ii. Complaint of the Mayor and Commonalty of Oxford.
"The grievances that the citizens of Oxon humbly pray to be
disburdened of against the University."
1 p. (142. 168.)
|Lord Dacre's Lands.|
Articles containing a cause depending between the
Lady Dacres and Edward Thway(tes?) with respect to lands
of Lord Dacres' in Yorkshire. Note by Sir Robert Cecil: "To
be showed to the executors, who I think will quickly answer
this foolish complaint."
1 p. (146. 131.)
|Barony of Dacres.|
Complaint of Margaret Lennard, wife of Sampson
Lennard, and sister of Lord Dacre of the South, with respect
to the Dacres property. Complains of Lady Dacres' bad
treatment of her.
2 pp. (146. 135.)
i. Memorial of the title of Dacres.
In Cecil's hand. ½ p. (146. 133.)
ii. Issue of William Lord Dacres, and of his children.
½ p. (146. 134.)
|R. Hurleston and Lord Dacre.|
The cause between Ralph Hurleston and Lord
Dacre. Case stated, and (?) counsel's opinion. "The issue
is whether Lord Dacre, 3 May 1562, was seized of the manor
of Carleton Kingeston, alias Carleton Baron in his demesne
as of fee."
Endorsed by Burghley;—"The case concerning the disproving of the entail of the Lord Dacre's lands of the South in 23 Henry 8th. 4 sheets. (146. 120.)
|Sir George Carew.|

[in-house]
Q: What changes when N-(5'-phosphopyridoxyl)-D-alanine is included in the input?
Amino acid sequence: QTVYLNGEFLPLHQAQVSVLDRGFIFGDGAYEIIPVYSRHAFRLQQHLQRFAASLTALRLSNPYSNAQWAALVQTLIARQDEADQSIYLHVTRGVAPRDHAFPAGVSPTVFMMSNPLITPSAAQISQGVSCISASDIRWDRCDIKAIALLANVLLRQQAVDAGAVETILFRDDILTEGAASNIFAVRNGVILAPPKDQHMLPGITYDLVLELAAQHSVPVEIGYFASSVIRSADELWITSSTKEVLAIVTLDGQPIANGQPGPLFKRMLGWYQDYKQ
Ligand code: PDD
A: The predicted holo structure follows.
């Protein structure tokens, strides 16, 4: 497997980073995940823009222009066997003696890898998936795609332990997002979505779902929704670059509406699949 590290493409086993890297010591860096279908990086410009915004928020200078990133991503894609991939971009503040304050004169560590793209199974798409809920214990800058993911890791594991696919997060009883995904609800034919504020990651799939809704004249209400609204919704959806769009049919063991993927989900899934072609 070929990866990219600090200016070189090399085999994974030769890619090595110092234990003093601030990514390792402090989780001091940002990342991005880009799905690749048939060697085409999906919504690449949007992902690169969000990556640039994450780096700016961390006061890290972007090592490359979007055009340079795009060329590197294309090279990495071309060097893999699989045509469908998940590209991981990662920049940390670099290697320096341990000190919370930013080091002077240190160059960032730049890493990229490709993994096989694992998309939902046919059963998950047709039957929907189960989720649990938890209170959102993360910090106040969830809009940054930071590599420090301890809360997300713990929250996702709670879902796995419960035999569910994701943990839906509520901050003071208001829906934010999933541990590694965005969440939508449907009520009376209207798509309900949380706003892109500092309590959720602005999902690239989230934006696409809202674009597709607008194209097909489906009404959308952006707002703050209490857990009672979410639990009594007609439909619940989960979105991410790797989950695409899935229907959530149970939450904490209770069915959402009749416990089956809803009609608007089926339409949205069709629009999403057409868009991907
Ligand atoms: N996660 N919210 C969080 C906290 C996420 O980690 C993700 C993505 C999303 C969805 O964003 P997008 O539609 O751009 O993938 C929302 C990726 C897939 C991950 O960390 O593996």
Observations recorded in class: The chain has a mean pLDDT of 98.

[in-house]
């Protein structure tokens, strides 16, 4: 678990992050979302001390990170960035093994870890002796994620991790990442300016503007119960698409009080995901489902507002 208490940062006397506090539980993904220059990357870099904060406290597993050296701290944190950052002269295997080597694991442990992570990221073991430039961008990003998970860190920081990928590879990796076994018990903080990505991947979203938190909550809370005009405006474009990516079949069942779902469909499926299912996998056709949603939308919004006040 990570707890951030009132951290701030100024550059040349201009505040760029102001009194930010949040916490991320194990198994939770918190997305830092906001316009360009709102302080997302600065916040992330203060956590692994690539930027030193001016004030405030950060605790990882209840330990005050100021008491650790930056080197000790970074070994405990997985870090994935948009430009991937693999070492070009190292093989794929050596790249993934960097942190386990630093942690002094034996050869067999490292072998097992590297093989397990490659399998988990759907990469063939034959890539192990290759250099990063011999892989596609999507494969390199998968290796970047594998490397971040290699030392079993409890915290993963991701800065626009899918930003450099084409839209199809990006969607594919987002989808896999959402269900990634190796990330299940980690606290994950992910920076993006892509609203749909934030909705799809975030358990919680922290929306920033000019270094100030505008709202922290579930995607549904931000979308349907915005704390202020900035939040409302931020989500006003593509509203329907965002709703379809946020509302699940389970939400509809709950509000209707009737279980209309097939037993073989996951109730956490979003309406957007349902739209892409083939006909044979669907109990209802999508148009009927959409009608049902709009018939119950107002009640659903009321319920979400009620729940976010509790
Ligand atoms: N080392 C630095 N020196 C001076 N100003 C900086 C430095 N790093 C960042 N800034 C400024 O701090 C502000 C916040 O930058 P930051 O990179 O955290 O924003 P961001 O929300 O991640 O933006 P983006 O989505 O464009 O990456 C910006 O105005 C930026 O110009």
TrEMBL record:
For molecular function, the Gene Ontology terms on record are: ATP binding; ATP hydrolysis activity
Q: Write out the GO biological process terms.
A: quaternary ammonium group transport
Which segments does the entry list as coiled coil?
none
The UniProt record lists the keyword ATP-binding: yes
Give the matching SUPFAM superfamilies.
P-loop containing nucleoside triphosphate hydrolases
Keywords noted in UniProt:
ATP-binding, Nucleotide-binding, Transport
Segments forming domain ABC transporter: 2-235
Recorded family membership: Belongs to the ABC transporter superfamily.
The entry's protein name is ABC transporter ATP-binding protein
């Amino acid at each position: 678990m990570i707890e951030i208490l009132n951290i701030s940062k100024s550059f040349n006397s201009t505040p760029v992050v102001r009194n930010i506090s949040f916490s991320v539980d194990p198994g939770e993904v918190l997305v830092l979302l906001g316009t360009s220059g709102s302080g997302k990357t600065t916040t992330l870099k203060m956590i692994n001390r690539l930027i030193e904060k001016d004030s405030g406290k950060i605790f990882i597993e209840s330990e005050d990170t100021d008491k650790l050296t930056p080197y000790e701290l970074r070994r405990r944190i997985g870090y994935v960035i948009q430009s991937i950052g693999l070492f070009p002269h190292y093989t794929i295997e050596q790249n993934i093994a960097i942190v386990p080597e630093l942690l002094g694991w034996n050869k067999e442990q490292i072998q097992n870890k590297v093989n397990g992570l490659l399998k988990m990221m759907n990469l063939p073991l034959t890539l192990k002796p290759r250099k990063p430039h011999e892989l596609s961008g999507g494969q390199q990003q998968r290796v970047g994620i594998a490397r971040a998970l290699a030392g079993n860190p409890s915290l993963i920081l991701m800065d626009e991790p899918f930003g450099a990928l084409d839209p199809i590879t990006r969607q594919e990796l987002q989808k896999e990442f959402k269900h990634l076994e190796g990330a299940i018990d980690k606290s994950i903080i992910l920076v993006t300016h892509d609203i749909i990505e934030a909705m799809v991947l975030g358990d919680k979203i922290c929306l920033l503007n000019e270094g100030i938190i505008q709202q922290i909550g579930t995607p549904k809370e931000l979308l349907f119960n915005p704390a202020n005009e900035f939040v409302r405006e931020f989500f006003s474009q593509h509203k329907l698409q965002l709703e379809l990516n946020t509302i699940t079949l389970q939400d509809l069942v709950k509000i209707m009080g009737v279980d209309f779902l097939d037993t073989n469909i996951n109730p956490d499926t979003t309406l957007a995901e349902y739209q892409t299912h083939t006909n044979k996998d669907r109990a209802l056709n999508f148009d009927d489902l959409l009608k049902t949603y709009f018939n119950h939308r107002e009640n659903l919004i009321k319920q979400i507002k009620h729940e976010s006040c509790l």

|[1592–1598?]||(i.) "A brief of certain materials charged by John Conyers esq. one of her Majesty's auditors of the prests, upon the account of Sir George Carew, late master of the ordnance for the realm of Ireland: together with the accountants allegations for discharge thereof. The consideration whereof he doth humbly refer unto the grave censures of the Lord Treasurer and others, commissioners for that account."— Undated. 1 sheet. (205. 47.)|
(ii.) "A collection of such several sorts of
munition, artillery and utensils for the wars as are found by
John Conyers esq. one of her Majesty's auditors of the prests,
to remain chargeable upon Sir George Carew, late master of
the ordnance in Ireland."—Undated.
1 p. (205. 48.)
(iii.) Notes touching the remains of munition in the
account of Sir George Carew, late Master of the Ordnance in
1 p. (205. 121.)
Muster Roll, giving captains names, number of
pikes furnished and unfurnished, muskets, and calivers, of
Colonel Sir Francis Godalfin's division of Lenwith and Chiriar
Hundreds, Colonel Sir William Bevill's division of Lider and
Powder Hundreds, and six other regiments. Total 8 regiments,
1 p. (140. 258.)
|1598.]||Mr. Pelham, of Grays Inn, was at the last general call of Serjeants nominated by the Judges; but her Majesty appointed another not so nominated.|
|Mr. Hadde, of Lincoln's Inn, is a double reader of the same house, well beloved in his country, and there is no Judge or Serjeant in the county of Kent, where he lives and has been many years a Justice of the Peace.|
They are both sound men of religion, and such as the Lord
Keeper, the Lord Chief Justice and Lord Anderson will approve.
No signature. No date. Endorsed:—"1598."
½ p. (61. 43.)
|Intelligence from Scotland.|